The recently concluded 8th BRICS summit in Goa (October 15-16) marked the beginning of operations by the BRICS’ New Development Bank (NDB), headquartered in Shanghai. The implementation of its Contingency Reserve Arrangement also came into force, the event seeking to further trade and financial integration between its member countries (Brazil, Russia, India, China, South Africa). 
An immediate outcome of the Summit was the signing of the ‘BRICS Inter-Bank Co-operation Mechanism’ two days later (18 October) in Shanghai, between NDB and a representative bank from each country, which will facilitate, among other practices, interest and currency swaps between member states. 
All these calibrated steps by BRICS are aimed at establishing a multilateral geo-economic global order, and importantly, for emerging economies to be able to avail of alternatives to the International Monetary Fund and World Bank, the twins conceived in 1944. What is interesting is the fact that the Chinese port city of Shanghai has emerged as an axis for financial linkages between the five-member nations, with the NDB headquartered there.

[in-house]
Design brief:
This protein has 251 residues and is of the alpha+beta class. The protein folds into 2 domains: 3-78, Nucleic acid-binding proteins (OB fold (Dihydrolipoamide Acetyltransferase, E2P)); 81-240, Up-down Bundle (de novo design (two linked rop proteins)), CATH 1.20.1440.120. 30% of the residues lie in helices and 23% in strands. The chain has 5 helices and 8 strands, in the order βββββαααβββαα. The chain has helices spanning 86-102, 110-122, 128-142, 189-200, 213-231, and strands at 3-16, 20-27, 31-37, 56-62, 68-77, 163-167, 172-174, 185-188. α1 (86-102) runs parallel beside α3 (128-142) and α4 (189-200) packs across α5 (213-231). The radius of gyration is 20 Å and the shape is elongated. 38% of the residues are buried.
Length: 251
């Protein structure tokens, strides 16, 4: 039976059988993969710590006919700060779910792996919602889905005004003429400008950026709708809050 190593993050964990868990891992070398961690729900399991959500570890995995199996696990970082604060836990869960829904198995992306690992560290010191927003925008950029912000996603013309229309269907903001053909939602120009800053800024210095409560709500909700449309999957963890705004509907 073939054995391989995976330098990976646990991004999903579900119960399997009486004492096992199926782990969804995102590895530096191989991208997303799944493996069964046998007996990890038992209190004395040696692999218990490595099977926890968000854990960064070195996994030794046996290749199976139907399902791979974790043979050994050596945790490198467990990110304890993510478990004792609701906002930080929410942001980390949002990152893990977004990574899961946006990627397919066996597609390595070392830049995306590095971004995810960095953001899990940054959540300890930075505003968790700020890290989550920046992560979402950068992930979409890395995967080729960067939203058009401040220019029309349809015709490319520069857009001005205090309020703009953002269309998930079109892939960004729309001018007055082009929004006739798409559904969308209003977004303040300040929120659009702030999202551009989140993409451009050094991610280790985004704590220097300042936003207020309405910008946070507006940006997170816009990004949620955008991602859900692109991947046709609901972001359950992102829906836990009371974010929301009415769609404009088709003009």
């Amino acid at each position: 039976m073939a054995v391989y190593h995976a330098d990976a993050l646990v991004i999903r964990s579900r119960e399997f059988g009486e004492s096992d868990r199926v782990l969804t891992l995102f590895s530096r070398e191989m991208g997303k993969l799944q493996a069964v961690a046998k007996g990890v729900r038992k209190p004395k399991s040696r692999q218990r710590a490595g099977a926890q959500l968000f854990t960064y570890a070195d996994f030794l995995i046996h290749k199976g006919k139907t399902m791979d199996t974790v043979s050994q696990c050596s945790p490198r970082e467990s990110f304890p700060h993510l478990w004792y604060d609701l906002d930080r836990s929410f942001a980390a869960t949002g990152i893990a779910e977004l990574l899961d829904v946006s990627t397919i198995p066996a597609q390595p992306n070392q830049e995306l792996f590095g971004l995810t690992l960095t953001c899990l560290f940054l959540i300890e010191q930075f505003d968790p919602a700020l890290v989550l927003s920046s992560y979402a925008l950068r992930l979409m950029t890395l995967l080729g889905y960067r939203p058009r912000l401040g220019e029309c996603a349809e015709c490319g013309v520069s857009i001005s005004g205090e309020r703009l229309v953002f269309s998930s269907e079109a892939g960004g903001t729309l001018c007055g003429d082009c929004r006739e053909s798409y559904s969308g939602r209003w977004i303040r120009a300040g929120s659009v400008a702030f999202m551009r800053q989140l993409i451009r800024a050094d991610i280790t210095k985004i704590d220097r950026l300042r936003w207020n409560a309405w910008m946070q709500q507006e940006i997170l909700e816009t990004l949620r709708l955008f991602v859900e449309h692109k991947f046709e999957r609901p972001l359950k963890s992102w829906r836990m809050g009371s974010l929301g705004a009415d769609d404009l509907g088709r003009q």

Historically, Shanghai emerged as a financial centre much after the British colonial port city of Bombay did, but much like it, its early colonial history, built heritage and fortunes too were the result of pioneering Indian, English, European, and American traders with China. Its early founding years as a colonial port city  were greatly impacted by Bombay and its merchant community.
The First Opium War (1839-1842)
The entry of Bombay’s cotton exports in the English East India Company’s trade with China was crucial in the larger scheme of the 18th century’s global trading world as it provided a tradable commodity other than silver bullion and specie (money in the form of coins rather than notes), which the Company used to purchase its annual tea imports.